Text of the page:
Pendulum Districts 2012

From Asahi Shimbun

From Asahi Shimbun

According to the Asahi Shimbun (日), 145 SMDs went for the LDP/Komeito in 2005, DPJ in 2009, and then again for the LDP/Komeito in 2012 (what the Asahi terms the “pendulum phenomenon”). 71 one of them were in the urban metropolis of Tokyo, Kanagawa, Chiba and Saitama area. This is a very interesting bit of information that could prove useful for the next lower house general election if it is held under a similar system to the current one. If the LDP-Komeito relationship survives the Abe tenure, however long that may be, then in the next election there will be significant incentives for the JRP, a new centrist DPJ, and perhaps the YP to form alliances in these districts, particularly if the LDP disappoints in some way.

2 thoughts on “Pendulum Districts 2012

  1. Can’t figure it out from that snippet of an article, but are they really “going for” the LPD? As in, did the number of voters picking LDP substantially decrease last time, then increase again this time around? Or was this simply the same affect we se nationally, with LDP support staying constant while the non-LPD abandoned DPJ and split their votes this time around being the main difference from the previous election?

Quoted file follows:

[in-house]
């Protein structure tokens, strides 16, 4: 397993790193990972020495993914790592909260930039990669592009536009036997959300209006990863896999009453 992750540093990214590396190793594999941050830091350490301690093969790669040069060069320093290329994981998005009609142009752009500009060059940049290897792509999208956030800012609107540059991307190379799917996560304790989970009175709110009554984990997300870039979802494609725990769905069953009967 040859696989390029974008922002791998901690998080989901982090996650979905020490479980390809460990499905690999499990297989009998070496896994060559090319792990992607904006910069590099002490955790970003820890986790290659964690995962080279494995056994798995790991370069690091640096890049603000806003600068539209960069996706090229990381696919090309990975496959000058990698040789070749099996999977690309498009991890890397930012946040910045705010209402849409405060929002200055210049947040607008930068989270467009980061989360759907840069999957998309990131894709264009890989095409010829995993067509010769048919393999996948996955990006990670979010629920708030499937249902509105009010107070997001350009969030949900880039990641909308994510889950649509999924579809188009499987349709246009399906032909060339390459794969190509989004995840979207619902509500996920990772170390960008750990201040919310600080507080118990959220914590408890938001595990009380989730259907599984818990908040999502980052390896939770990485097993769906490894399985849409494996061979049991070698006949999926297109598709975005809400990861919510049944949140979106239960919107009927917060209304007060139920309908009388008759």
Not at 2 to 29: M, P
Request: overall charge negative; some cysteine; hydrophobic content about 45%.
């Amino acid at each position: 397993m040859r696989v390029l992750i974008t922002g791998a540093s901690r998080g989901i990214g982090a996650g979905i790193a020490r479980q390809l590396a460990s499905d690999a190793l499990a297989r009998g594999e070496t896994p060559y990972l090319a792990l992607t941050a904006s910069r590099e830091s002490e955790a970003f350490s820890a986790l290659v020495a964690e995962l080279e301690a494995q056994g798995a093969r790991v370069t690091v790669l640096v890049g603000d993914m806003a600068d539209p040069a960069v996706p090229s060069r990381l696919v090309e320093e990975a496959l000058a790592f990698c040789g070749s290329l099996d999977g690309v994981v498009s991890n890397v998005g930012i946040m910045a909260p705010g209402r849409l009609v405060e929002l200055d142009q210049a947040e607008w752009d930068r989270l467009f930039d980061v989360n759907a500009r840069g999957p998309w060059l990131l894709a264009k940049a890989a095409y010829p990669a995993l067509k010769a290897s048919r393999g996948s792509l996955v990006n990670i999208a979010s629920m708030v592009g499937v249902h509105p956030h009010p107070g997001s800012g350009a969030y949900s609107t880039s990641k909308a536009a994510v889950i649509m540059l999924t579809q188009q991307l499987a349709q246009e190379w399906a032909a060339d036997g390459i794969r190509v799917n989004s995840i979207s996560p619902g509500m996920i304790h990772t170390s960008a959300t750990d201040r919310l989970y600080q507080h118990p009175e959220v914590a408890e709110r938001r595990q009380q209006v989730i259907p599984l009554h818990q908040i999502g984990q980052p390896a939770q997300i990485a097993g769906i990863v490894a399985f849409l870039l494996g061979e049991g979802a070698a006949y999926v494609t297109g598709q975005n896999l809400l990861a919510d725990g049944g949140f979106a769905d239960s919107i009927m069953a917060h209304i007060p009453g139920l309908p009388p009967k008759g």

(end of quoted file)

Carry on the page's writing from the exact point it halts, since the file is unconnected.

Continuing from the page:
2. What happened is that between 2005 (47%) and 2009 (38%) the LDP lost 9% support in the SMDs (with similar election turnout), but then gained back about 4% of that this time around, which put them at 43%, which was percentage they received in the more “normal” elections of 2000 and 2003 (which also had similarly crappy turnouts). But, as you are implying, given that 10 million less voted this time around they didn’t gain that 4% in terms of actual votes. So if you look at a few of these districts above the total votes that the LDP’s candidates received in many cases this time was less than what they received in 2009, and much less than in 2005. Nevertheless, as there is no STV system in place then it is impossible for us to know what the preferences are of those who did not vote for either the LDP or the DPJ. If there were less people competing in these districts then the LDP may well have captured more than 2009, although still probably less than 2005. So, in short, it is hard to generalize from the data.

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